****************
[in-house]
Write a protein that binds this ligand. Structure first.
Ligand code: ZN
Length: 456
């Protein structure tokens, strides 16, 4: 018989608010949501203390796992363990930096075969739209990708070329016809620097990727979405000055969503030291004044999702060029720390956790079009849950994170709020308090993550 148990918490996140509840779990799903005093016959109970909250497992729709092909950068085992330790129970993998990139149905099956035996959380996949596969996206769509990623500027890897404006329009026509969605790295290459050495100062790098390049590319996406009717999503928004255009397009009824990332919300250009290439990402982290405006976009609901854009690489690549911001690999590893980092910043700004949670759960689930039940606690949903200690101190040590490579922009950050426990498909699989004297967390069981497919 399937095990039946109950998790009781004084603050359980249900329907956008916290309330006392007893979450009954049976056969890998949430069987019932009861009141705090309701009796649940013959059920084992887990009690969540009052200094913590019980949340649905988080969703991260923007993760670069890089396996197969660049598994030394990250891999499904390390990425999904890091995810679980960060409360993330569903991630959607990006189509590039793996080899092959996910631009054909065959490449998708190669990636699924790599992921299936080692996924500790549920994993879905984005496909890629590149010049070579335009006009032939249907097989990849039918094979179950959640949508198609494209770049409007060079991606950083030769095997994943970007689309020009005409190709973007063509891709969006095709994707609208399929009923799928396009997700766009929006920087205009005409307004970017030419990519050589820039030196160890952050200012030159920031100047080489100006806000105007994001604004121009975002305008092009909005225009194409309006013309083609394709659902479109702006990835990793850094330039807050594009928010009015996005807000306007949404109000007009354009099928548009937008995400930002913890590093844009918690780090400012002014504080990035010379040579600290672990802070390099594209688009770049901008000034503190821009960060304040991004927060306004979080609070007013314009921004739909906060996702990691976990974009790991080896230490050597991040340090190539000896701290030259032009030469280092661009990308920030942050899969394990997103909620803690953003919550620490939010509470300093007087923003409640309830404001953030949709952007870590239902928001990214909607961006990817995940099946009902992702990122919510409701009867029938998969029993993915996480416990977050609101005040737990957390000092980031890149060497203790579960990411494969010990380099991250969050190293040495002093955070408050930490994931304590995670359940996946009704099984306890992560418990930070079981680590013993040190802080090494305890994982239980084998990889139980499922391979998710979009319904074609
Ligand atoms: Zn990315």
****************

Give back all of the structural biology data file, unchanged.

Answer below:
[in-house]
Write a protein that binds this ligand. Structure first.
Ligand code: ZN
Length: 456
């Protein structure tokens, strides 16, 4: 018989608010949501203390796992363990930096075969739209990708070329016809620097990727979405000055969503030291004044999702060029720390956790079009849950994170709020308090993550 148990918490996140509840779990799903005093016959109970909250497992729709092909950068085992330790129970993998990139149905099956035996959380996949596969996206769509990623500027890897404006329009026509969605790295290459050495100062790098390049590319996406009717999503928004255009397009009824990332919300250009290439990402982290405006976009609901854009690489690549911001690999590893980092910043700004949670759960689930039940606690949903200690101190040590490579922009950050426990498909699989004297967390069981497919 399937095990039946109950998790009781004084603050359980249900329907956008916290309330006392007893979450009954049976056969890998949430069987019932009861009141705090309701009796649940013959059920084992887990009690969540009052200094913590019980949340649905988080969703991260923007993760670069890089396996197969660049598994030394990250891999499904390390990425999904890091995810679980960060409360993330569903991630959607990006189509590039793996080899092959996910631009054909065959490449998708190669990636699924790599992921299936080692996924500790549920994993879905984005496909890629590149010049070579335009006009032939249907097989990849039918094979179950959640949508198609494209770049409007060079991606950083030769095997994943970007689309020009005409190709973007063509891709969006095709994707609208399929009923799928396009997700766009929006920087205009005409307004970017030419990519050589820039030196160890952050200012030159920031100047080489100006806000105007994001604004121009975002305008092009909005225009194409309006013309083609394709659902479109702006990835990793850094330039807050594009928010009015996005807000306007949404109000007009354009099928548009937008995400930002913890590093844009918690780090400012002014504080990035010379040579600290672990802070390099594209688009770049901008000034503190821009960060304040991004927060306004979080609070007013314009921004739909906060996702990691976990974009790991080896230490050597991040340090190539000896701290030259032009030469280092661009990308920030942050899969394990997103909620803690953003919550620490939010509470300093007087923003409640309830404001953030949709952007870590239902928001990214909607961006990817995940099946009902992702990122919510409701009867029938998969029993993915996480416990977050609101005040737990957390000092980031890149060497203790579960990411494969010990380099991250969050190293040495002093955070408050930490994931304590995670359940996946009704099984306890992560418990930070079981680590013993040190802080090494305890994982239980084998990889139980499922391979998710979009319904074609
Ligand atoms: Zn990315």